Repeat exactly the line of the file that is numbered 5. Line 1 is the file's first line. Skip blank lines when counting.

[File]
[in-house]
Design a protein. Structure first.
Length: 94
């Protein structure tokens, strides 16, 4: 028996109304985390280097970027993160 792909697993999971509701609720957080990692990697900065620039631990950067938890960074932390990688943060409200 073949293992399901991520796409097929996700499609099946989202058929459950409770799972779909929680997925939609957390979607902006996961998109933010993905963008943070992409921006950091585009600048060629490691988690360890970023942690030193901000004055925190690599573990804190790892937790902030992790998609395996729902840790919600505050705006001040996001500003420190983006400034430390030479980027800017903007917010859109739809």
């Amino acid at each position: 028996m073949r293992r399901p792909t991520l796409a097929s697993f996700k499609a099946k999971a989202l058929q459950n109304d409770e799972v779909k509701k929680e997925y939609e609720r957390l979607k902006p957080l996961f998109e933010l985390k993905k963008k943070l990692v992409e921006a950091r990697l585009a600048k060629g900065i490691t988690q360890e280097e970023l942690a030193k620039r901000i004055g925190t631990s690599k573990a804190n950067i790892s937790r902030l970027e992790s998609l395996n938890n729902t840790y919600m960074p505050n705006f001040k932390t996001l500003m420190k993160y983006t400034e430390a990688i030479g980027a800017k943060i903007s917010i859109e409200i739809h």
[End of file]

């Amino acid at each position: 028996m073949r293992r399901p792909t991520l796409a097929s697993f996700k499609a099946k999971a989202l058929q459950n109304d409770e799972v779909k509701k929680e997925y939609e609720r957390l979607k902006p957080l996961f998109e933010l985390k993905k963008k943070l990692v992409e921006a950091r990697l585009a600048k060629g900065i490691t988690q360890e280097e970023l942690a030193k620039r901000i004055g925190t631990s690599k573990a804190n950067i790892s937790r902030l970027e992790s998609l395996n938890n729902t840790y919600m960074p505050n705006f001040k932390t996001l500003m420190k993160y983006t400034e430390a990688i030479g980027a800017k943060i903007s917010i859109e409200i739809h």